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Black Wave

In the early hours of March 24th 1989 the Exxon Valdez oil supertanker runs aground in Alaska. It discharges millions of gallons of crude oil. The incident becomes the biggest environmental catastrophe in North American history.

In a flash, dramatic images shoot across the planet. They show thousands of carcasses of seabirds and sea otters covered in oil. A thick black tide rises and covers the beaches of once-pristine Prince William Sound.

For twenty years, Riki Ott and the fishermen of the little town of Cordova, Alaska have waged the longest legal battle in U.S. history against the world's most powerful oil company - ExxonMobil. They tell us all about the environmental, social and economic consequences of the black wave that changed their lives forever.

This is the legacy of the Exxon Valdez.

'Black Wave is a stunning reminder of the havoc wreaked in Prince William Sound by the grounding of the Exxon Valdez, both on one of our nation's most beautiful waterways but on the lives of the people living there and the wildlife so essential to the area's beauty and economic life. It also makes graphic how Americans are at the mercy of large corporate entities who wield enormous power in our society. As someone who has been a lawyer and a law professor for more than 50 years, Black Wave sadly demonstrates how our civil justice system often falls short in delivering justice in a timely fashion.' Arthur R. Miller, University Professor, School of Law, New York University

'For the people of the area, the oil spill was an economic tragedy. A key theme of Black Wave is that enacting and enforcing environmental laws and regulations is good for the environment and the economy...Consequently, the film is appropriate for environmental courses focusing upon natural resources and environmental policy. The spill was made worse because Exxon was not prepared to respond to a major oil spill. Thus, the film could also be shown in a course focusing upon emergency preparedness.' Professor Browne Lewis, Cleveland Marshall College of Law, Cleveland State University, Author, It's Been 4380 Days And Counting Since Exxon Valdez: Is It Time To Change The Oil Pollution Act of 1990?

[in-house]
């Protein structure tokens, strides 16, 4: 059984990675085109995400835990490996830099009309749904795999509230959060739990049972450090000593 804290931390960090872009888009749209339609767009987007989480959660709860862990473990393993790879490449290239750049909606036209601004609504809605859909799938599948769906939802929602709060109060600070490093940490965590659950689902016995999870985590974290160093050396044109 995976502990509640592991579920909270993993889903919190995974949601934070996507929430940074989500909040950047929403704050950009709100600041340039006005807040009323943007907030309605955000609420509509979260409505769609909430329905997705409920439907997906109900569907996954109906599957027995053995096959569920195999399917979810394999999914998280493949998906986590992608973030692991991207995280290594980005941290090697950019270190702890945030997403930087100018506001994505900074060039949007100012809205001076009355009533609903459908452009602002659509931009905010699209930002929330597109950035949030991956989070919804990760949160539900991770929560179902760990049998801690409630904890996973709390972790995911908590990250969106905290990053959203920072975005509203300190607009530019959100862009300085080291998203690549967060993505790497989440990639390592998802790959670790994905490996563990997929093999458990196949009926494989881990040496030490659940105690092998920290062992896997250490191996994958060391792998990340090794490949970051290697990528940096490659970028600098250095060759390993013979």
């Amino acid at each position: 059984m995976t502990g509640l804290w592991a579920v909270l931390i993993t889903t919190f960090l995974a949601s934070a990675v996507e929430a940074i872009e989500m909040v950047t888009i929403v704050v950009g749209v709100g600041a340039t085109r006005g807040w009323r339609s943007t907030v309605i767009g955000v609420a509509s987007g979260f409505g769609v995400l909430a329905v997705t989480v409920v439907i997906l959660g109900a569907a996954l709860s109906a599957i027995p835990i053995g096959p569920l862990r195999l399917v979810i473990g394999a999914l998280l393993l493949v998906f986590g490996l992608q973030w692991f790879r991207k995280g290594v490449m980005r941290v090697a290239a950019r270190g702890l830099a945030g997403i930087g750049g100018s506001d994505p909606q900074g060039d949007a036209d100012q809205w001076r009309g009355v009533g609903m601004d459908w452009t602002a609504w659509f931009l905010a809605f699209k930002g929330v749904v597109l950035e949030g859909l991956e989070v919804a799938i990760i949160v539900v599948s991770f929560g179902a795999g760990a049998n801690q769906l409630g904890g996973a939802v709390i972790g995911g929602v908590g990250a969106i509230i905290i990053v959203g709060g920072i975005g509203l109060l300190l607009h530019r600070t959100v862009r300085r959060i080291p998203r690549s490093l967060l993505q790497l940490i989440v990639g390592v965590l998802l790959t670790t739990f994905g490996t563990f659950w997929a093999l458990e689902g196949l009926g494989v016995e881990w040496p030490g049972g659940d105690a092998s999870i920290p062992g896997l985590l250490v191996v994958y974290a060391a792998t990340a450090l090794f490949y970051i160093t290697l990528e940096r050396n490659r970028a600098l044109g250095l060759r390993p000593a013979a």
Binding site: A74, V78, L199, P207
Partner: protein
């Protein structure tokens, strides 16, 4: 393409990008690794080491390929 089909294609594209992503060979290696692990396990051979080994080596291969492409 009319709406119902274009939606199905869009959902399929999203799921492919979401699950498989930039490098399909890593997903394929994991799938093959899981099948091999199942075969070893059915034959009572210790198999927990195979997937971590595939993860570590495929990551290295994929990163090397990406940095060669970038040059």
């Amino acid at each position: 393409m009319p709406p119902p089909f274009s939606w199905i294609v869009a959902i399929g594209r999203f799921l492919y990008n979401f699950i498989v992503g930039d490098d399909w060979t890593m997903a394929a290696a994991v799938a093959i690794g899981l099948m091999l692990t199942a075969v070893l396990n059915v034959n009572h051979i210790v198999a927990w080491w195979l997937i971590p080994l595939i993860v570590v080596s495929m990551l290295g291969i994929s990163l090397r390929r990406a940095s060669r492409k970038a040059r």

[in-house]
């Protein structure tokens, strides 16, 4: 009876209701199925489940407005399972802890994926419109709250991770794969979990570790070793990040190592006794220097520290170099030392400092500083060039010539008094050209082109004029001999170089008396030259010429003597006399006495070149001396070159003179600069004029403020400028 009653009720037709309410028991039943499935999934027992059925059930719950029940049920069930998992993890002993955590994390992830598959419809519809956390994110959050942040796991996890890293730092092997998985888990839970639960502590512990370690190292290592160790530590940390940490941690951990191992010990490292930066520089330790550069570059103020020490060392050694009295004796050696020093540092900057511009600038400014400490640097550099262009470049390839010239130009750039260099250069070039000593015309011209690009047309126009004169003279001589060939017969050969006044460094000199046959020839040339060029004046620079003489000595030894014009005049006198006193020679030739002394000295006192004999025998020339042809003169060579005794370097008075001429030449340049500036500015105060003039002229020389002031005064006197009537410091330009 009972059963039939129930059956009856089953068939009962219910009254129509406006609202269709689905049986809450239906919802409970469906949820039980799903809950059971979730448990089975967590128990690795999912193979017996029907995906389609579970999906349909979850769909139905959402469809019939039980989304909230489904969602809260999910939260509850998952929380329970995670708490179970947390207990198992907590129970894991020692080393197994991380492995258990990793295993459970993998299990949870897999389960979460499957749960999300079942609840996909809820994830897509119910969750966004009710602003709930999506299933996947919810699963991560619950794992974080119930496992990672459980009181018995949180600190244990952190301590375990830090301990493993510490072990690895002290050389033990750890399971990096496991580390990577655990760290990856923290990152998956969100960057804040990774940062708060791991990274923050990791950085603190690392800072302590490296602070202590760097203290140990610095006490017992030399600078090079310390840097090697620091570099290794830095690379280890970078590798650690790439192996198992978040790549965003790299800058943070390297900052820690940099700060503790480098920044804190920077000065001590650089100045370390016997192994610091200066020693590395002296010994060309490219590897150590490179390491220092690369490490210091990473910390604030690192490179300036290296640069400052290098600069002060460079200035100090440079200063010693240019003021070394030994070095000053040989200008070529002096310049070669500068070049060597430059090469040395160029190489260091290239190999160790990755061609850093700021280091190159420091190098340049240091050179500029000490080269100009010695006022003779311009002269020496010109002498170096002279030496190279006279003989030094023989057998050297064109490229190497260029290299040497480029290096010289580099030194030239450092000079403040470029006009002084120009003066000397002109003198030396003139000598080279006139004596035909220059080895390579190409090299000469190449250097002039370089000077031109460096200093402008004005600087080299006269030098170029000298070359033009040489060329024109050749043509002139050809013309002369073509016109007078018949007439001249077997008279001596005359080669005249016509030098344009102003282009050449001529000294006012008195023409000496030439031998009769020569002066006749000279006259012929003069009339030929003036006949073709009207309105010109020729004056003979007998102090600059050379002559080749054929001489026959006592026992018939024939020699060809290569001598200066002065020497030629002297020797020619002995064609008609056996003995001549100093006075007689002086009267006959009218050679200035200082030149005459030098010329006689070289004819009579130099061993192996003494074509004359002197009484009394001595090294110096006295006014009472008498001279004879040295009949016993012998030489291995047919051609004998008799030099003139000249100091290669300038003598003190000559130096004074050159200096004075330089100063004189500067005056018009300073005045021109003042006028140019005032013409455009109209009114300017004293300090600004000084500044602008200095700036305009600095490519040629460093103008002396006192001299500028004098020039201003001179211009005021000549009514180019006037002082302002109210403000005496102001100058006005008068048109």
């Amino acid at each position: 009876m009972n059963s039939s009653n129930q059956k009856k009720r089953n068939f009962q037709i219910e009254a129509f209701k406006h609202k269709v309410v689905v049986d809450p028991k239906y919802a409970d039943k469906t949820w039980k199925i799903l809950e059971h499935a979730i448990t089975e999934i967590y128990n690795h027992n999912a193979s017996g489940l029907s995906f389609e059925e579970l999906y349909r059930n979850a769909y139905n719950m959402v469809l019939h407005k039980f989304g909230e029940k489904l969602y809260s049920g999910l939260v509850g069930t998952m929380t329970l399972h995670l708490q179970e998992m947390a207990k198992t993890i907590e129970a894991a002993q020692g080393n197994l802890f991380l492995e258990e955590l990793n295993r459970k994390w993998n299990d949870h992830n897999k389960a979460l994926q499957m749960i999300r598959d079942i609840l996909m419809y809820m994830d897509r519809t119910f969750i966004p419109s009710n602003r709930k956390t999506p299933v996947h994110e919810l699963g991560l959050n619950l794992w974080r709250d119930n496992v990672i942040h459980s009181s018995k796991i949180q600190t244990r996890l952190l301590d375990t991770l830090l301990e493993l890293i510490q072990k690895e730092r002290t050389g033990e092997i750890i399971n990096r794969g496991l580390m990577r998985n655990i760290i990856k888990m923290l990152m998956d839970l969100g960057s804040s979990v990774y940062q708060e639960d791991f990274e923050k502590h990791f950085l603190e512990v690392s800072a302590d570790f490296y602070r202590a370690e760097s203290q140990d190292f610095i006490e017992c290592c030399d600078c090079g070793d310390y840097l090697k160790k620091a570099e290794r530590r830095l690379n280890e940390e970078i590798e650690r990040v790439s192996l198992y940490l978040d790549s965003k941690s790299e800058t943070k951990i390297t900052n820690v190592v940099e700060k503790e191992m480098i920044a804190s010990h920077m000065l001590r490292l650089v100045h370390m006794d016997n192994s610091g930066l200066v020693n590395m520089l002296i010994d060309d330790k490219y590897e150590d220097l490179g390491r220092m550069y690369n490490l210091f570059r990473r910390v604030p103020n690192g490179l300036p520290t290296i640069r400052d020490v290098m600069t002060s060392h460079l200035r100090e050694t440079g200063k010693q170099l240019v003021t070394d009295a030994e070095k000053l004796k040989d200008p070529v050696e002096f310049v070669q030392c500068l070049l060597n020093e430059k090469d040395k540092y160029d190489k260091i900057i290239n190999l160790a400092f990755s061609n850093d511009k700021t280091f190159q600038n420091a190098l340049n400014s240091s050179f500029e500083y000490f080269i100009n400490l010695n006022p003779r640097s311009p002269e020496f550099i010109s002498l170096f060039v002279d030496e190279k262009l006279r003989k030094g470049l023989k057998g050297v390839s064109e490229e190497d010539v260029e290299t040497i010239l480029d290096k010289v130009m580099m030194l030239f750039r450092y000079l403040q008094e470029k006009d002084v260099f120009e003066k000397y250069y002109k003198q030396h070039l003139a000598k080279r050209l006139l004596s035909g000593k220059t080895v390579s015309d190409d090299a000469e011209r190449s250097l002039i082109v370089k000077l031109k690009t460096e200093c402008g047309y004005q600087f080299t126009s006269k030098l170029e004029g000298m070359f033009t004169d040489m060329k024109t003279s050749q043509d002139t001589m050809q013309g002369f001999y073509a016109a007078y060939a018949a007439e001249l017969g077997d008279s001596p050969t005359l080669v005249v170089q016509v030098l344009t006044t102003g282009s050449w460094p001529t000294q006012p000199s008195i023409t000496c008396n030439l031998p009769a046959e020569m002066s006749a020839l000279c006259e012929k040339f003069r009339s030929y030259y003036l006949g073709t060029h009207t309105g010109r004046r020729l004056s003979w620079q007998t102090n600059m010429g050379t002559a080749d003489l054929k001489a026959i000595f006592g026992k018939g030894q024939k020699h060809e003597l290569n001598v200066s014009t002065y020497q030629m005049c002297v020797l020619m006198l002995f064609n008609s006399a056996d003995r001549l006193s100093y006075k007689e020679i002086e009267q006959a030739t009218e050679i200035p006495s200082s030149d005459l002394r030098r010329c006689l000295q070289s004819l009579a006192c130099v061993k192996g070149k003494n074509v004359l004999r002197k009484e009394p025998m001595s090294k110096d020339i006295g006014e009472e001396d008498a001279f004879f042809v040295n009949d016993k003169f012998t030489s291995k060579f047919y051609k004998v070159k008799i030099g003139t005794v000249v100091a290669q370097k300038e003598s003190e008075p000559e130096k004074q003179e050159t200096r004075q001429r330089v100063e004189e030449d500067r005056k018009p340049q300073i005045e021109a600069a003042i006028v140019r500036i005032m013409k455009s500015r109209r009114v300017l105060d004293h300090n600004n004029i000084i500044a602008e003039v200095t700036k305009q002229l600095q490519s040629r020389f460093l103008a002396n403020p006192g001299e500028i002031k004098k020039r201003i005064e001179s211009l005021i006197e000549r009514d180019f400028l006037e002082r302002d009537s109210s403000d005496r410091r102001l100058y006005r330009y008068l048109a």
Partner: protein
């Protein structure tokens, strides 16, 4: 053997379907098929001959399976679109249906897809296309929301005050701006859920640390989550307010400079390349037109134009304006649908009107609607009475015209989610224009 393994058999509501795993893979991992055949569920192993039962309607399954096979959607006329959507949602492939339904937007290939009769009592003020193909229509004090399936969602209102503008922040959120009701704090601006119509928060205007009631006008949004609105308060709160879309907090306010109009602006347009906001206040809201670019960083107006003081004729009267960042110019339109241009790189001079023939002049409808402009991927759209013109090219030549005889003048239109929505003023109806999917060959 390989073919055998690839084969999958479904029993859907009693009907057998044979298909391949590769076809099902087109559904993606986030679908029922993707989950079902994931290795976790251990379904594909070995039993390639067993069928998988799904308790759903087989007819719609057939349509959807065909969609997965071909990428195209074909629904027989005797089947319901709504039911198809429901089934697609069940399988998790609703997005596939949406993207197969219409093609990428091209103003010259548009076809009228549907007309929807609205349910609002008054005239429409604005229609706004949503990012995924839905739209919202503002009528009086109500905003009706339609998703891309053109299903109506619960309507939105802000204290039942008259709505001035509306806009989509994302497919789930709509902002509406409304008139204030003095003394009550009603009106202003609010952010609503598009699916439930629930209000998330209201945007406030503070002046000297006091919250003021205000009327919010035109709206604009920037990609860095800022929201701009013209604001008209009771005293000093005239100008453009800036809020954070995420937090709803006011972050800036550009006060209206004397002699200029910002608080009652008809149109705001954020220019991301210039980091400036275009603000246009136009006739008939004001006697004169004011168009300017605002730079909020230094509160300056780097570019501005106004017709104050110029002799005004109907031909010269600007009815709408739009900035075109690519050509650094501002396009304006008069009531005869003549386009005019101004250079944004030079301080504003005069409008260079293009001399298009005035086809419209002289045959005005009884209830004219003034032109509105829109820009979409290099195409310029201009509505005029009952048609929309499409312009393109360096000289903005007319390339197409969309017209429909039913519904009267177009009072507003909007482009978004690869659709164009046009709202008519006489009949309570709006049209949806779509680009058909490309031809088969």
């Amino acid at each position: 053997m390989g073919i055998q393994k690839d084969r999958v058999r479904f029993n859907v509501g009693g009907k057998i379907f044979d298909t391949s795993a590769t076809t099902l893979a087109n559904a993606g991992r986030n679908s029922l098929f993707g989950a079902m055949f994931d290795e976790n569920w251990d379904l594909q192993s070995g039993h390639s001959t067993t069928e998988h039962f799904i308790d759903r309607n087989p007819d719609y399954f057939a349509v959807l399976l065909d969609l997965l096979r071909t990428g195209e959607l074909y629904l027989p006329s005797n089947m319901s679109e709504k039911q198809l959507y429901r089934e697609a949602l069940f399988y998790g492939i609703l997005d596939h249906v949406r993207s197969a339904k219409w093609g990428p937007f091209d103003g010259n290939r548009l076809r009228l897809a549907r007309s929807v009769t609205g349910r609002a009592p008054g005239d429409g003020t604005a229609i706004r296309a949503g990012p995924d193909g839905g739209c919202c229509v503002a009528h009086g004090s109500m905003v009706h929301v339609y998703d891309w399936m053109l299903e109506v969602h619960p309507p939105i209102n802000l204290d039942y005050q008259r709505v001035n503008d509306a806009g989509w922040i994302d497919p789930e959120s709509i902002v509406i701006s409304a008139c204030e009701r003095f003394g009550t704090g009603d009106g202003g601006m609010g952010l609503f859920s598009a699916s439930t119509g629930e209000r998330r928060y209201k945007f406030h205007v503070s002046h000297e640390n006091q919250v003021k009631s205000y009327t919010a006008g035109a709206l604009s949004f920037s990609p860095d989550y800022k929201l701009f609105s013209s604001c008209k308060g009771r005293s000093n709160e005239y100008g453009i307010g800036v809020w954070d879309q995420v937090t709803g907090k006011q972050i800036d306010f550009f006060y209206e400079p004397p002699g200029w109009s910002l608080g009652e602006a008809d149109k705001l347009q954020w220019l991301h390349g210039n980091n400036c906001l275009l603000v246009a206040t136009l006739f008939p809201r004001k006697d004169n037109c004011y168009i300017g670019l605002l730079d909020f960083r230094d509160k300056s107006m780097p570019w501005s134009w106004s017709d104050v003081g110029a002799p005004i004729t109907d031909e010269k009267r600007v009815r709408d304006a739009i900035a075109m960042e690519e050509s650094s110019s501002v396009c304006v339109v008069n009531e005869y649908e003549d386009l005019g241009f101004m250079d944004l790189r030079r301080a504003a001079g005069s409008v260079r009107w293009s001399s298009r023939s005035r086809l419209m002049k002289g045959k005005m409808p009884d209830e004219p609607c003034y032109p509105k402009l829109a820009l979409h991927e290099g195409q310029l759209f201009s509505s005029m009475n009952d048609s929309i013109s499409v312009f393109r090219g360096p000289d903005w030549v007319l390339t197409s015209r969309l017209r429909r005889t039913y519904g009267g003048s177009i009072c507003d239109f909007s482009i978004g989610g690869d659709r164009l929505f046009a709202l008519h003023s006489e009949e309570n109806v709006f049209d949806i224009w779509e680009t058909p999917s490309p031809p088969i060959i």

'The Exxon Valdez oil spill is a gut-wrenching story on several levels, but nowhere as much as on the human level - and that is the focus of this film. It tells the story of how our legal system is simply unable to respond to an ecological disaster that causes profound and widespread, but often intangible and indirect, harm to a community. The moral of the story is that the only way to deal with an oil spill like this is to prevent it from occurring in the first place.' Jeffrey Fisher, Associate Professor of Law, Stanford Law School

'Black Wave comes at just the right time: to remind us why oil drilling won't solve any of our problems, and to incite anger and action in response to the impending devastation along the Gulf Coast.' Elevate Difference

'Highly Recommended. In light of the most recent calamity, the BP spill off the Gulf of Mexico, this film is both chilling and alarming...Eighteen years after this disaster, there is still oil present in Prince William Sound. The townspeople attest that Exxon officials lied to them. They promised to make them whole again...The local people have lost faith in the government, corporations, justice and the court systems...This film would be useful for discussion in high school and college classrooms.' Gloria Maxwell, Penn Valley Community College, Educational Media Reviews Online

'Timely...Disheartening and sadly relevant, this cautionary recommended.' Video Librarian

'A commanding investigation...especially pertinent...Classes across the curriculum can utilize this program, and it should be included in all library collections.' School Library Journal

'Black Wave masterfully integrates original news footage, shocking statistics, and personal testimonies to produce a powerful indictment of corporate greed and irresponsibility. Robert Cornellier lays bare ExxonMobil's hypocrisy by exposing 20 years of tactics geared solely at avoiding responsibility for the worst environmental disaster in North American history. Meanwhile, the townspeople of Cordova fought and lost against ExxonMobil in the longest legal battle in US history, while the oil giant's annual profits rose from $5.2 to $40.6 billion. The verdict: in a world run by multinationals, citizens are on their own.' Lynne Fernie, Hot Docs Program


Main credits

Carvalho, Paul (film producer)
Carvalho, Paul (screenwriter)
Carvalho, Paul (interviewer)
Cornellier, Robert (film producer)
Cornellier, Robert (film director)
Cornellier, Robert (screenwriter)

Other credits

Editing, Denis Boisvert, Marina Popova; cinematography, Robert Vanherweghem; original score, Serge Nicol.

Docuseek2 subjects

Distributor subjects

American Studies
Environmental Justice
Marine Biology
Oceans and Coasts
Science, Technology, Society
Social Justice
Social Psychology
Toxic Chemicals


Exxon Valdez, legal battle, Cordova,; Alaska, restitution, ExxonMobil, supertanker, crude oil, oil spill, fishing, environmental disaster, Prince William Sound, Riki Ott, fishermen, fisheries, Cordova, legal battle, Jeff Short, Malani O'Toole, Knowles Head, Bligh Reef, Don Cornett, Joseph Hazelwood, Lee Raymond, Ted Stevens, Alaska pipeline, seabirds, otters, Knight Island, PAHs, Bering Trader, Richard Nagel, Inipol, Dr. Evelyn Brown, VHS, viral hemorrhagic septicemia, herring stocks, Duane Gill, suicide,,"Black Wave",Bullfrog Films

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